FORESTERS ARMS, WELLINGBOROUGH ROAD

Roger Vick's memories of The Foresters Arms,

"I was able to confirm the address of the Forresters Arms, 226, Wellingborough Rd, Northampton. I see that the pub no longer exists, and that the address is now a

different building occupied by Coral Bookmakers & Turf Accountants. I understand that the old pub was one of many that were known as "mens' clubs," and catered to workers of the

boot and shoe factories of the day. In addition to its draft beer and darts, this particular pub was noted for its game of skittles.

 My great uncle, Will Spence, had been a clicker in the Northampton shoe manufacturing industry prior to WW 2, and he and his wife Betty and ran the Foresters Arms in his retirement.

It was a busy place during WW2 when I would visit there as a child. The upper floors of the building were vacant and entirely devoid of carpets, wall hangings and furniture at that time,

and I understand that these upstairs rooms were not safe for habitation. I do not know whether Will Spence owned the Pub, or if he simply managed it for a company.  

 

I was about ten years old when I would occasionally bicycle to the pub from our home in Weston Favell. I probably took my life in my hands riding through the traffic,

especially when convoys of army lorries were on the move down Wellingborough Road. One day there was a fatal accident when someone opened a car door and

knocked a young boy off his bike into traffic. I believe that my excursions were officially terminated at that point. (Incidentally, I had been evacuated from Scunthorpe

to live with relatives for the duration of the war, while my dad served in the R.A.F.)

 

Betty Spence was a jolly and outgoing character, so enjoyed the pub life. She would comment on how little the American servicemen understood the pounds, shillings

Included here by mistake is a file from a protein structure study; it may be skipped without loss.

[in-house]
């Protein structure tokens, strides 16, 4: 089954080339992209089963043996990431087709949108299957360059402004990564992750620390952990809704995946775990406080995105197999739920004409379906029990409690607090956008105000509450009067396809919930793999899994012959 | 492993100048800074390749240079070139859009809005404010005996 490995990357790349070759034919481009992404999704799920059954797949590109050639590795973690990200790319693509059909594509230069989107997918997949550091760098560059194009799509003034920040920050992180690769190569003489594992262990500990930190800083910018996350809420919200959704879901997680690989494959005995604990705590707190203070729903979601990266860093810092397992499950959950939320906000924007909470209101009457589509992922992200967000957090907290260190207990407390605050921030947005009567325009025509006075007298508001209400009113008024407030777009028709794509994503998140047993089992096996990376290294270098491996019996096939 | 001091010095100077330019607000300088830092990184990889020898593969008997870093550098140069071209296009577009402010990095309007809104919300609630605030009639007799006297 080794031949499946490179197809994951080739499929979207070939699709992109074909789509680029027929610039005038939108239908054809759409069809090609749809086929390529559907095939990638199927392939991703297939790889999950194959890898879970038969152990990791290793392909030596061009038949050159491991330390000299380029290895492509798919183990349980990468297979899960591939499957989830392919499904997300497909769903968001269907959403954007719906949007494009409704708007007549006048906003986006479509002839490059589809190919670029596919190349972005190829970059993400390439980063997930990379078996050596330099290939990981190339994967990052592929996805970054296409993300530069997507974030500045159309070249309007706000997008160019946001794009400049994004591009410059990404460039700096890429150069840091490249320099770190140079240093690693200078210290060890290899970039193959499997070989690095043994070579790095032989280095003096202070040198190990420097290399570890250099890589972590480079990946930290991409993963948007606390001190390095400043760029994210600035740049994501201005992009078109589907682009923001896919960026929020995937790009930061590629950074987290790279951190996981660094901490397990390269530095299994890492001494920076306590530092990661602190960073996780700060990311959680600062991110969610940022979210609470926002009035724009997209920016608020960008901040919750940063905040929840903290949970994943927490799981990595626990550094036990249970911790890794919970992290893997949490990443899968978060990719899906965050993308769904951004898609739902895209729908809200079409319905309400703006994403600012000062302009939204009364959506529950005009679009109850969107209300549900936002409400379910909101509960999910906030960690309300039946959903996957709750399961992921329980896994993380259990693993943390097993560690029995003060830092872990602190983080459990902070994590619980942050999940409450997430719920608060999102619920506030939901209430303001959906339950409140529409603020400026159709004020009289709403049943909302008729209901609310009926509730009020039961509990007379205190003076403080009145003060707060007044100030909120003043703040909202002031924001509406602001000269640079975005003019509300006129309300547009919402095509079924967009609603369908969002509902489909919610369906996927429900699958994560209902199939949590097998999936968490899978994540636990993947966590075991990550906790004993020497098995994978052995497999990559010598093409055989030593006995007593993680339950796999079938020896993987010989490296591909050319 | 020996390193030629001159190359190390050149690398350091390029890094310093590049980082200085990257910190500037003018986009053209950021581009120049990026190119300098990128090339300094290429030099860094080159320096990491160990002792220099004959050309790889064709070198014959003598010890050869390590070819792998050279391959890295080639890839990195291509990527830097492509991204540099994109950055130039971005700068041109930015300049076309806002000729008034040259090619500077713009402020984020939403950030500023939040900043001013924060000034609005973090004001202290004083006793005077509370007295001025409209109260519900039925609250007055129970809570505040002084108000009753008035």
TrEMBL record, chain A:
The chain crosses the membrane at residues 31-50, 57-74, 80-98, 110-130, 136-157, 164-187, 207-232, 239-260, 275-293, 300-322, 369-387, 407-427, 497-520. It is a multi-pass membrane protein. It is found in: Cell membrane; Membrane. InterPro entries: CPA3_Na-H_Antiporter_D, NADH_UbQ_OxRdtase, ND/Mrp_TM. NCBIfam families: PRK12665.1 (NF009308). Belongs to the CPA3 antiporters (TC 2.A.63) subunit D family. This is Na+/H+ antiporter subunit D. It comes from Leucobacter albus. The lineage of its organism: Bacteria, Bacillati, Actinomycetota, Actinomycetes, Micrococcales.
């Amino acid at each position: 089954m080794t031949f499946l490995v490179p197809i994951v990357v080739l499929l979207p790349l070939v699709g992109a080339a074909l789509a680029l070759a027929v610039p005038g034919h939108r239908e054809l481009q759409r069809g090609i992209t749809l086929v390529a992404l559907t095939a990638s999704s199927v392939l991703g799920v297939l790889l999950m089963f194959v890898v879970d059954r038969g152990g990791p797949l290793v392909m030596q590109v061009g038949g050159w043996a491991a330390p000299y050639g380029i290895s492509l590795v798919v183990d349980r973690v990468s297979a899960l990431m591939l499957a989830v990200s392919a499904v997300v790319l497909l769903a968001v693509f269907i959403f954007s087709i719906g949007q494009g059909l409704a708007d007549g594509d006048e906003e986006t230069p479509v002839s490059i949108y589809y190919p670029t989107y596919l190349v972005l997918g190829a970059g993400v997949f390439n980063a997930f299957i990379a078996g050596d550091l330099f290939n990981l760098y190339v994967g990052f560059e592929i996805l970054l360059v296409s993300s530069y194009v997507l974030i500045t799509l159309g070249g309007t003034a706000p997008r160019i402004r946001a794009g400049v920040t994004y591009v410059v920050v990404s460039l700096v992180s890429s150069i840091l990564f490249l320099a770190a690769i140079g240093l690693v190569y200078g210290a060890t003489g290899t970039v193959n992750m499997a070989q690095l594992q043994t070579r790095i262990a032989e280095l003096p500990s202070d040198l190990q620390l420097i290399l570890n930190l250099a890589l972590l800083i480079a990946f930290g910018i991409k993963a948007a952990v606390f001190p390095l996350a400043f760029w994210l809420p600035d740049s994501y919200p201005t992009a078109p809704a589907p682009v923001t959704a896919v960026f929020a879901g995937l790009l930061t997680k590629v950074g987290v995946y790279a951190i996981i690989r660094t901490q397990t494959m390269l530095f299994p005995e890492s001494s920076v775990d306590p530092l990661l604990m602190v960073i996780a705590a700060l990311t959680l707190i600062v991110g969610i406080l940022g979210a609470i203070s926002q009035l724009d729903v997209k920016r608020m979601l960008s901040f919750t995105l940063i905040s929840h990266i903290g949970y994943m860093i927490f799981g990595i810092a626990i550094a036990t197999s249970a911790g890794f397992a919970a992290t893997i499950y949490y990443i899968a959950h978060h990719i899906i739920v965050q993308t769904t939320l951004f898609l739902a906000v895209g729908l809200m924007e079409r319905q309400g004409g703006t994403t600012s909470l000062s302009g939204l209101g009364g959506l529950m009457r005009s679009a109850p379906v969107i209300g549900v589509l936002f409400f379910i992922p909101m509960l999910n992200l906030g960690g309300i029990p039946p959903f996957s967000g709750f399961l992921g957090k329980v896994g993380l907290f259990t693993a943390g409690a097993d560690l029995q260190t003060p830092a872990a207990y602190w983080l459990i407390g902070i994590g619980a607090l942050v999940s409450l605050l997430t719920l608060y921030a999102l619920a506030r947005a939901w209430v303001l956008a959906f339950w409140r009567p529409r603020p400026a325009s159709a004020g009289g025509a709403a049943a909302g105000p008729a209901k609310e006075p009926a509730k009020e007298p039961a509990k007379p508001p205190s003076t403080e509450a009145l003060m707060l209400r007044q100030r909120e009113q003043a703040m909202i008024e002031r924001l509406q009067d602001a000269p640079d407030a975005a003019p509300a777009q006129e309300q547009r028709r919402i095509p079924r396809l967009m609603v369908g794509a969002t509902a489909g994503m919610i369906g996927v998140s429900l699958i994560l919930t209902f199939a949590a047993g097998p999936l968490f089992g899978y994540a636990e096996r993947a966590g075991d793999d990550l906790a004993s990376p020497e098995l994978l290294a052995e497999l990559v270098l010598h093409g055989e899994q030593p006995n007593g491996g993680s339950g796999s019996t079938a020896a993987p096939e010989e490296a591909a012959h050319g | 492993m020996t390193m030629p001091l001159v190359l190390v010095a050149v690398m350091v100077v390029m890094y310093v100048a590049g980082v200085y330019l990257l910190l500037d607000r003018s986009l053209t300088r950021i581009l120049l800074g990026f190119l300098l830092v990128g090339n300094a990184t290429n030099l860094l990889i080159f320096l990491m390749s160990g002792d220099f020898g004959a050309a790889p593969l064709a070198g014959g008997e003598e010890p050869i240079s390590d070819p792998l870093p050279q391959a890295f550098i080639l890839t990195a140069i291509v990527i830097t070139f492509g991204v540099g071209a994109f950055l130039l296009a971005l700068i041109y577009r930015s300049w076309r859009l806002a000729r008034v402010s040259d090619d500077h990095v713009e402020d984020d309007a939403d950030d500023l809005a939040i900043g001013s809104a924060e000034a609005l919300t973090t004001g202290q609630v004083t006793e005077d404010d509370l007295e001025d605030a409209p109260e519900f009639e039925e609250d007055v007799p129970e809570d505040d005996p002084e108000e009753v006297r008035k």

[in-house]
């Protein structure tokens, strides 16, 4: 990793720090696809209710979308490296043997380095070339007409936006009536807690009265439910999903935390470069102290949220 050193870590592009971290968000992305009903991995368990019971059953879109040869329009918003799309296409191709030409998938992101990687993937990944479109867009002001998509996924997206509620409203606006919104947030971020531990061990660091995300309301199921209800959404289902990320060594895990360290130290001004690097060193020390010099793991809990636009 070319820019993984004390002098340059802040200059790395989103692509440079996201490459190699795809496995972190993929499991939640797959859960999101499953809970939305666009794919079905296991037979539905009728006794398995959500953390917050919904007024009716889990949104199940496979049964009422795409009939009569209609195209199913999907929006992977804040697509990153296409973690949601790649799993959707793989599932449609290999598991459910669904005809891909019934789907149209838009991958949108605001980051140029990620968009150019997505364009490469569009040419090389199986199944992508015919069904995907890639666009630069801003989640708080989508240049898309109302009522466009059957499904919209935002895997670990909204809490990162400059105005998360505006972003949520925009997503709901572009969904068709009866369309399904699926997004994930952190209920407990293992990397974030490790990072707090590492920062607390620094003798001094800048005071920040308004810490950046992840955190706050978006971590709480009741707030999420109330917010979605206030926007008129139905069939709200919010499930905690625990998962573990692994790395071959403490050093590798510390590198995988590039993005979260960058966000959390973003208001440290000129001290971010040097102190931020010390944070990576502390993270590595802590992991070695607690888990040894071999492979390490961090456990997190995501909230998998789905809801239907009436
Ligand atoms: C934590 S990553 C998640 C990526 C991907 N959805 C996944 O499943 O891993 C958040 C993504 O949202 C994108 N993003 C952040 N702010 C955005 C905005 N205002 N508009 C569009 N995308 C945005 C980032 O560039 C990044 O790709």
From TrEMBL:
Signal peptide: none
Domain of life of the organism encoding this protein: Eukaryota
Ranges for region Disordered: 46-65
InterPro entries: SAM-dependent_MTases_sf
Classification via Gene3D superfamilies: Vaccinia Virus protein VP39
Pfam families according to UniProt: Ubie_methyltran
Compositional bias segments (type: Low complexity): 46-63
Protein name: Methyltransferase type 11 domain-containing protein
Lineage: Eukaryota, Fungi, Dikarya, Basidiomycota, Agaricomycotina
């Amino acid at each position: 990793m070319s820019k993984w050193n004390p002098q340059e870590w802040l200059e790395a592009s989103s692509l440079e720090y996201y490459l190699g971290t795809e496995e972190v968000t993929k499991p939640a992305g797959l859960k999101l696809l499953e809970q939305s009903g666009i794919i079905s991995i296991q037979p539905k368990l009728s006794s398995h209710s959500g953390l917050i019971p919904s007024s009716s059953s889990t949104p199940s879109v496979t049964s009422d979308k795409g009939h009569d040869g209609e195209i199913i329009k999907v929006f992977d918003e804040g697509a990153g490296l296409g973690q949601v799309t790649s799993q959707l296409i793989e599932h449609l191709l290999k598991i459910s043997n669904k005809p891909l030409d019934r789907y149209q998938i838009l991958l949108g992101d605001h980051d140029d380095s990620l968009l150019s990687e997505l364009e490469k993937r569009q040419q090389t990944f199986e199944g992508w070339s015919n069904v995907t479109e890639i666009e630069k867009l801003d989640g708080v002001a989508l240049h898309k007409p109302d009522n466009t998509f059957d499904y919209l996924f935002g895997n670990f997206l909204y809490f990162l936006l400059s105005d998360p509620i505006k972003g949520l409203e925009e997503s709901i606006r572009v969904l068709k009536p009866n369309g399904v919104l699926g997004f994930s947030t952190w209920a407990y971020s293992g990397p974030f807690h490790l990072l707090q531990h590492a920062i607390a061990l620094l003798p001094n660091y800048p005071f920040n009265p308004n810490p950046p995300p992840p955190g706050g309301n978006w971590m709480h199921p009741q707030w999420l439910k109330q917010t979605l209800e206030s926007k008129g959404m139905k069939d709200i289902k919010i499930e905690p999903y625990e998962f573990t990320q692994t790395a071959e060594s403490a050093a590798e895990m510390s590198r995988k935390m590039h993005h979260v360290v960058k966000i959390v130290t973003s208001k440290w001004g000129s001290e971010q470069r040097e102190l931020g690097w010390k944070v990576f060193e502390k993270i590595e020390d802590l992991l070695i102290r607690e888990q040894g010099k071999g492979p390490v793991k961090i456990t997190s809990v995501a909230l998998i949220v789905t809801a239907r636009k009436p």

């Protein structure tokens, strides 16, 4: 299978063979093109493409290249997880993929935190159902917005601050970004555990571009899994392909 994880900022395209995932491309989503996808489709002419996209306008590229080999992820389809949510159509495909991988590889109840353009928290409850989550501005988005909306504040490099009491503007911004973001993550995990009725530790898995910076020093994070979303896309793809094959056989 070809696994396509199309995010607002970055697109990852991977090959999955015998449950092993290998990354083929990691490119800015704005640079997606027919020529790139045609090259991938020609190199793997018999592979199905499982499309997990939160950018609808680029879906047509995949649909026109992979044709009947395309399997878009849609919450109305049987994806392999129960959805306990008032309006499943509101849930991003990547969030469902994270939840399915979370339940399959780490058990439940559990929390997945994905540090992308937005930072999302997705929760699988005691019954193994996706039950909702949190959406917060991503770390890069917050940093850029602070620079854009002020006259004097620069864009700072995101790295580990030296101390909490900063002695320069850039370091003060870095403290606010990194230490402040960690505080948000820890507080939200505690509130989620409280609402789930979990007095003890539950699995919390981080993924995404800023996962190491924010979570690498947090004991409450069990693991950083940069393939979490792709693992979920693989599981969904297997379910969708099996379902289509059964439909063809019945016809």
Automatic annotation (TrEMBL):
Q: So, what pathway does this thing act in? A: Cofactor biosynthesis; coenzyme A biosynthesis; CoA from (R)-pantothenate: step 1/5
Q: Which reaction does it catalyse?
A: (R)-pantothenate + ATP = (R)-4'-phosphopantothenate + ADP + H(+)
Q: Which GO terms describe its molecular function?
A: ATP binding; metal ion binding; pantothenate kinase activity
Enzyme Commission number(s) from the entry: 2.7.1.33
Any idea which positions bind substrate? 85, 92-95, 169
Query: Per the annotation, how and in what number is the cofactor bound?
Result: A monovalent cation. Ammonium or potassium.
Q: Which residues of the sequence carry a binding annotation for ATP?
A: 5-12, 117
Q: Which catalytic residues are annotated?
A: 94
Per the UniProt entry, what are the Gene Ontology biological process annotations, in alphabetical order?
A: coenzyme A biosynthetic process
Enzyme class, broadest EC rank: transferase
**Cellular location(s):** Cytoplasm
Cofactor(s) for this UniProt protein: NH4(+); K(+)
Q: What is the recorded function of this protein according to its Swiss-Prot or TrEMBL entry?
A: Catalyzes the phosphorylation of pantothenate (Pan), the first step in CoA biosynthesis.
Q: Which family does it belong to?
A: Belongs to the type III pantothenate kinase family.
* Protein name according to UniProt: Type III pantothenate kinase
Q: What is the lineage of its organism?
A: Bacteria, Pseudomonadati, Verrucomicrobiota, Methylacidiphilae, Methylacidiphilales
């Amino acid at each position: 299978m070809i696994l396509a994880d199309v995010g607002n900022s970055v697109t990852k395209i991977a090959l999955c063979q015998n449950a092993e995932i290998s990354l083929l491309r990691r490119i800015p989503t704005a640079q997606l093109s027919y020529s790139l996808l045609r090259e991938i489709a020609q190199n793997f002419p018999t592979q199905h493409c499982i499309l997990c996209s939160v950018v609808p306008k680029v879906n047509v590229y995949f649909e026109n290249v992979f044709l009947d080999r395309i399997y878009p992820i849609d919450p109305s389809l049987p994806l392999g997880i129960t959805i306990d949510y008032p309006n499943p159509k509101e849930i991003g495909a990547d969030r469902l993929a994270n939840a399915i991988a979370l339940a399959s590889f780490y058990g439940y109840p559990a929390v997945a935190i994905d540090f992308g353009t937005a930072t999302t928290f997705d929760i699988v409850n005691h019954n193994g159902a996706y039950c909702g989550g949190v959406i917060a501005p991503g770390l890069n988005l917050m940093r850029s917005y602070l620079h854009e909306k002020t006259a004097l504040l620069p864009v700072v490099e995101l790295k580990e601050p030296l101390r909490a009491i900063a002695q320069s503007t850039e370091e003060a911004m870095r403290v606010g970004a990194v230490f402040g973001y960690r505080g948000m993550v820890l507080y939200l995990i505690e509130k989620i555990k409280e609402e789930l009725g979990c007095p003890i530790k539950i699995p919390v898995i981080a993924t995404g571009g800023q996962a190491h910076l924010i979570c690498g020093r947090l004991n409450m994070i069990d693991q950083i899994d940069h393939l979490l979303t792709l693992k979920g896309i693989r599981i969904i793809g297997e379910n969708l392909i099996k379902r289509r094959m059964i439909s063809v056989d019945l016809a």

and pence of British currency. She said that she would never short-change them, but most didn't know one coin from another.

 

Will was a quiet character, and was very conscientious in retreating to the cellar to ensure that the quality of the beer was up to standard. As a tall long-legged young man

Will had been a champion runner, I am told, and his sense of humour was evident when he challenged me one day to a foot race from the side door for a measured distance

down East Street. He was probably in his seventies by that time, so I had a pretty good idea that I could beat him. On the count of three I sprang from my starting position

at top speed, but Uncle Will took only three steps before his dog jumped at him -- and the race was void. He said that he would have beaten me if it wasn't for the dog, Bogey.

 

Bogey was a small, black, smooth haired dog, and Betty and Will would often relate how smart that dog was. If anyone entered the bar before opening time he would bark

his head off, but remained silent once the clock indicated open hours.

 

With my mother and sister I enjoyed at least one Christmas at the Foresters Arms. Food rationing made it difficult to put on any great spread, but Aunt Betty stretched the

meat in the form of a meat-loaf, cut tissue thin. As we finished the meal with steamed suet pudding and sweet sauce, she would beam around the table and remark

"You wouldn't think that there was a war on, would you?" We would all agree heartily. All except Uncle Will, who had earlier stated his preference for "a little bit of fish,"

and promptly retreated to his duties in the cellar."

Roger Vick

Edmonton, Alberta, Canada

 

 

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